If you're in the process to stop smoking, get your e-cigarettes from a pharmacy. The Medicines Control Council says that the product is subject to medical scheduling and can only be sold at pharmacies.Read more
Mark your calendar – 13 August is International Left-Hander's Day! Lefties across the world will be celebrating the event, which was first launched in 1992 by the UK-based Left-Hander's Club to increase awareness about the left-handed lifestyle.
All year round, we fit in with home and office layouts designed for right-handers, and a hundred times a day we contort ourselves using back-to-front tools and gadgets that make us look clumsy and awkward … but on Left-Hander's Day we get to celebrate our sinistrality (the condition of being left handed) and get our own back when the right-handers have to do everything our way.
Problems shared by left-handers Everything in this world is designed for right-handers: keyboards, cameras, watches, can openers and notebooks; watching a left-handed person try to use a pair of scissors is particularly painful.
Power tools and firearms are biased as well; that's why most murderers are right-handed ... not because there's a difference in the brain or because lefties are more morally opposed, it's just really hard for us to shoot a gun accurately.
When walking past someone, we end up doing a little dance and bounce on both feet before one person takes the lead and chooses a side.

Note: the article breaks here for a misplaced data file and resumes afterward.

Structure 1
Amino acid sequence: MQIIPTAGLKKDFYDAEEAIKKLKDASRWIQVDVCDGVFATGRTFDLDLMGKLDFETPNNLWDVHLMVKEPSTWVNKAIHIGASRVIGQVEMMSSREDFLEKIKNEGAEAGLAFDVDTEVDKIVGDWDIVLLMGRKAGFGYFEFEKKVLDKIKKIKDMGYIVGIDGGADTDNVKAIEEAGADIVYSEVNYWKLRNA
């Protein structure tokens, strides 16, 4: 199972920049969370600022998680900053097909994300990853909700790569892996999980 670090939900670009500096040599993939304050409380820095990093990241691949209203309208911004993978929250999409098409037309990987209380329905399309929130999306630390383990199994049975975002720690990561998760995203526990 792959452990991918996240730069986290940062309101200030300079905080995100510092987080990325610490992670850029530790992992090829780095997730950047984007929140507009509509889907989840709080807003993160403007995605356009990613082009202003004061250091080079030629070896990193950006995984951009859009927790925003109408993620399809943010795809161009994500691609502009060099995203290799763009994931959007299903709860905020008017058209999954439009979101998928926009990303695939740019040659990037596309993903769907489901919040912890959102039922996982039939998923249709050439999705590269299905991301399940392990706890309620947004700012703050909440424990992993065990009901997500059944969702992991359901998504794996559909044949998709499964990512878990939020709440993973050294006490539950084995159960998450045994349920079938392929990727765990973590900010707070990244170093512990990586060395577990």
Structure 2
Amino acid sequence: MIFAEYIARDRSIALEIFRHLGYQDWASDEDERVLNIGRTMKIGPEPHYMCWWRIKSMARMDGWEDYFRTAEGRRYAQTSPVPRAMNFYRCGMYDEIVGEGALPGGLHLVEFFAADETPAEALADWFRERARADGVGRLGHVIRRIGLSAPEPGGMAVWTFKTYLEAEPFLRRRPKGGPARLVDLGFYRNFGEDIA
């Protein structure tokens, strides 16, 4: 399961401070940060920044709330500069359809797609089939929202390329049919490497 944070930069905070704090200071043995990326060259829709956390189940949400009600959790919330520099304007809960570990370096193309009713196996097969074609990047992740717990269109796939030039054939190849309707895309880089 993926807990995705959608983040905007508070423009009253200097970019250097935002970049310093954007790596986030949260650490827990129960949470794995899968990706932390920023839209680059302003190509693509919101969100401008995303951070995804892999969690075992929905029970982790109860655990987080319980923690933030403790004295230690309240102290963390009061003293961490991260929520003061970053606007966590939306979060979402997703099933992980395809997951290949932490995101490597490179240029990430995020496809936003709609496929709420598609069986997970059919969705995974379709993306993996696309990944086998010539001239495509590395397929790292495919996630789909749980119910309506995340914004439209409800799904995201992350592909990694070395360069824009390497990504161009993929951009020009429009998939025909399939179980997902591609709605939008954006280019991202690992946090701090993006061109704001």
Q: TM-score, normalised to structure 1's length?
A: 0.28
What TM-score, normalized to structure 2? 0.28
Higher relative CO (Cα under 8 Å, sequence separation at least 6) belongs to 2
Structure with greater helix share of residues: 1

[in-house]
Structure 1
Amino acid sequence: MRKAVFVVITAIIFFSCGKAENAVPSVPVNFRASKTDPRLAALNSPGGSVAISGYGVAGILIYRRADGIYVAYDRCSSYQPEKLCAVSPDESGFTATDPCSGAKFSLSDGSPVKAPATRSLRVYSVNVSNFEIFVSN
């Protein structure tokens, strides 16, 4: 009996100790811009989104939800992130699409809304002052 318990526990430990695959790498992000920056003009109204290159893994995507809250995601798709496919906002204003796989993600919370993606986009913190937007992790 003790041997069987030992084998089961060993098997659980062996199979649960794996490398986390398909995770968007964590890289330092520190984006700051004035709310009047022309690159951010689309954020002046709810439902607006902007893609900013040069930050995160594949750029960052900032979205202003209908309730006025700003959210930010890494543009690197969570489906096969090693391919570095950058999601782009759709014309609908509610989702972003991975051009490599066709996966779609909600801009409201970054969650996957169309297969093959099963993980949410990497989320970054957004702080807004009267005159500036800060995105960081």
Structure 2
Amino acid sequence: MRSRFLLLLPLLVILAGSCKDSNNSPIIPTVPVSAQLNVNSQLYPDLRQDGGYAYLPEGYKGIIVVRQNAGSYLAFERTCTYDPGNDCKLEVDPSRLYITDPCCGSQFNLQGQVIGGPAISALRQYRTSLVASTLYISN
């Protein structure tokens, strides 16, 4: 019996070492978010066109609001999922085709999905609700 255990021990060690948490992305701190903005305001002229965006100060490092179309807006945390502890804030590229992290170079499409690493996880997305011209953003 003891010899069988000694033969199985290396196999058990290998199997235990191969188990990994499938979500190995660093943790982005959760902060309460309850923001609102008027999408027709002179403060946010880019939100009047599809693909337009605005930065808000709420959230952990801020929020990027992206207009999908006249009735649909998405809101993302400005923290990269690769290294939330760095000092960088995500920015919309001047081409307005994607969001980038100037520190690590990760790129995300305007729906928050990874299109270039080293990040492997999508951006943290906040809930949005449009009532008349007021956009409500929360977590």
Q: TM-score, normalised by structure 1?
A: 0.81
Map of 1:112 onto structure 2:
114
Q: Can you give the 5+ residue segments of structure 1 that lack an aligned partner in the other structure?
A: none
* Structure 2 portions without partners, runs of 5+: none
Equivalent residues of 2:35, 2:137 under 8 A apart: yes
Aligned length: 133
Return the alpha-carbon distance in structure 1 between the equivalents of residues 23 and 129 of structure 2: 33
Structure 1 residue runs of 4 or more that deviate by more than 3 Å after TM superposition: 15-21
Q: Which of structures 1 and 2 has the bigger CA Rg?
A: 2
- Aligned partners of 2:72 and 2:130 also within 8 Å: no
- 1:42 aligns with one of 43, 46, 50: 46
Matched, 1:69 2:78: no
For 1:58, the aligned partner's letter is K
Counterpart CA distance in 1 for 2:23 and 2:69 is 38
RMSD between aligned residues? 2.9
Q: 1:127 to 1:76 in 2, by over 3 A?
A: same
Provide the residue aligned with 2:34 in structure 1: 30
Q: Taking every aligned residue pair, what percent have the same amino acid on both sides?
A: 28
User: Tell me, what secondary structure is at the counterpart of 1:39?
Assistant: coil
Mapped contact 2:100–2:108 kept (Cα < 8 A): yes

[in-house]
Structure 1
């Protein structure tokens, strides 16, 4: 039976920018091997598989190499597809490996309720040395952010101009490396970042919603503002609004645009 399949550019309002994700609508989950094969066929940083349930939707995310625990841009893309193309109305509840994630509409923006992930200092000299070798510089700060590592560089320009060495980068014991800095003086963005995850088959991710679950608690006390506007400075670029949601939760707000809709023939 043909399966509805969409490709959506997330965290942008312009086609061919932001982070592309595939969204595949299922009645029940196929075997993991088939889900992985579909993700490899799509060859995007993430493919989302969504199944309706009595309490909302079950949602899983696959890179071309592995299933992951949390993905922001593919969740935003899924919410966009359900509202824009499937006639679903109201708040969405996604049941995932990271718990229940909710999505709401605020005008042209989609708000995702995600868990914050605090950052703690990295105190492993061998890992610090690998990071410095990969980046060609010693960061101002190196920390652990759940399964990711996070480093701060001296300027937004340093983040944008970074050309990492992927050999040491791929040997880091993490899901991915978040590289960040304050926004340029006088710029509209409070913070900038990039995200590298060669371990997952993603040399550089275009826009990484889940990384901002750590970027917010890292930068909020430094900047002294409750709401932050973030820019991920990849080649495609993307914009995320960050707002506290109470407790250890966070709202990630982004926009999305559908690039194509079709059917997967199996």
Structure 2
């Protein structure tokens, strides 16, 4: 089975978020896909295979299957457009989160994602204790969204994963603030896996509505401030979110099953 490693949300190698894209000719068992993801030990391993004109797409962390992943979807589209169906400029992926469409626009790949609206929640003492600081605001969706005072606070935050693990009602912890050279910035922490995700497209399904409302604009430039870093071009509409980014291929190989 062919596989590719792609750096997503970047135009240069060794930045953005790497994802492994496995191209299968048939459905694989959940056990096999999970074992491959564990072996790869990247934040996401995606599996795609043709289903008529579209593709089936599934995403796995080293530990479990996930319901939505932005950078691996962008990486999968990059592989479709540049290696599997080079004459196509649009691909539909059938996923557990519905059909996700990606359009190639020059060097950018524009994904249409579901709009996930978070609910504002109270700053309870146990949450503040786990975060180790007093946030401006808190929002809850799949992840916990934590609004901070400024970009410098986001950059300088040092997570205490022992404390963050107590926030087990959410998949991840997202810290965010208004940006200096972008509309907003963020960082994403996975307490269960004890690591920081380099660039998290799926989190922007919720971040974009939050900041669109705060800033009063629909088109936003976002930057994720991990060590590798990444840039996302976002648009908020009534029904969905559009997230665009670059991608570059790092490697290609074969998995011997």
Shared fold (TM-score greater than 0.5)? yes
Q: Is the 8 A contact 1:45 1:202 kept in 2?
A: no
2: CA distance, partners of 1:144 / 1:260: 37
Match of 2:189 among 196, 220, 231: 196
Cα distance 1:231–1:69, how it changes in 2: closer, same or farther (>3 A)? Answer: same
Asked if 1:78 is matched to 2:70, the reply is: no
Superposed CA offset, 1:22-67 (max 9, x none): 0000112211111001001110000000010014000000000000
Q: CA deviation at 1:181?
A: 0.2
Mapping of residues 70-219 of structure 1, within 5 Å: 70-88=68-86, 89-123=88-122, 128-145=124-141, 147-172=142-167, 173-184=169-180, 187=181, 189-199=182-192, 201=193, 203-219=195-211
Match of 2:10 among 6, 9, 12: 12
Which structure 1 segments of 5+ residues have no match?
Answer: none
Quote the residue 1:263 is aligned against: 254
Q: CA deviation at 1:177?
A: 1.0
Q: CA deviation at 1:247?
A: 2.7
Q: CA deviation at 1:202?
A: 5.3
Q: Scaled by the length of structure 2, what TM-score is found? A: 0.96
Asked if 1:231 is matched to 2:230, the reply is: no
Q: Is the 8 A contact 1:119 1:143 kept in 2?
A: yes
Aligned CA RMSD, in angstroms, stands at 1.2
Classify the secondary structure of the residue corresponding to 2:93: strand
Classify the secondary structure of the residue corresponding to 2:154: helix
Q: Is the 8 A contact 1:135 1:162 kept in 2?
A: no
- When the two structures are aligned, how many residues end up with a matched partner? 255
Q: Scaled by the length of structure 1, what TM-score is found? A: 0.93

The mouse is on the wrong side of the computer for the boring people of this world.
Whenever we read a book and the author describes a scene, we find later, as the plot unfolds that we've visualised it completely the wrong way round, as a mirror image.
Spiral notebooks are a pain ... as is writing in general. It's difficult not to smudge our words and not get ink all over our hand. Arching our hand at an angle while simultaneously lifting it off the page isn't easy, but we can write upside down and backwards, which comes in handy when sitting across from people ... we don't even have to flip the paper!
Most left-handers are naturally ambidextrous in many things. Probably it's the perk we get for being forced to learn most things twice; once the "right" way, then the "correct" way.
One really embarrassing thing we do at dinner parties is drink from the glass of the person next to us. We just reach out with our left hand and lift ... it's not until we see that we're getting strange looks that we realise what we're doing.
Nevertheless, living in a right-handed world has given us an advantage in life. We've learned to think outside the box, get creative and learn different ways of accomplishing things. What's that old saying about necessity being the mother of invention?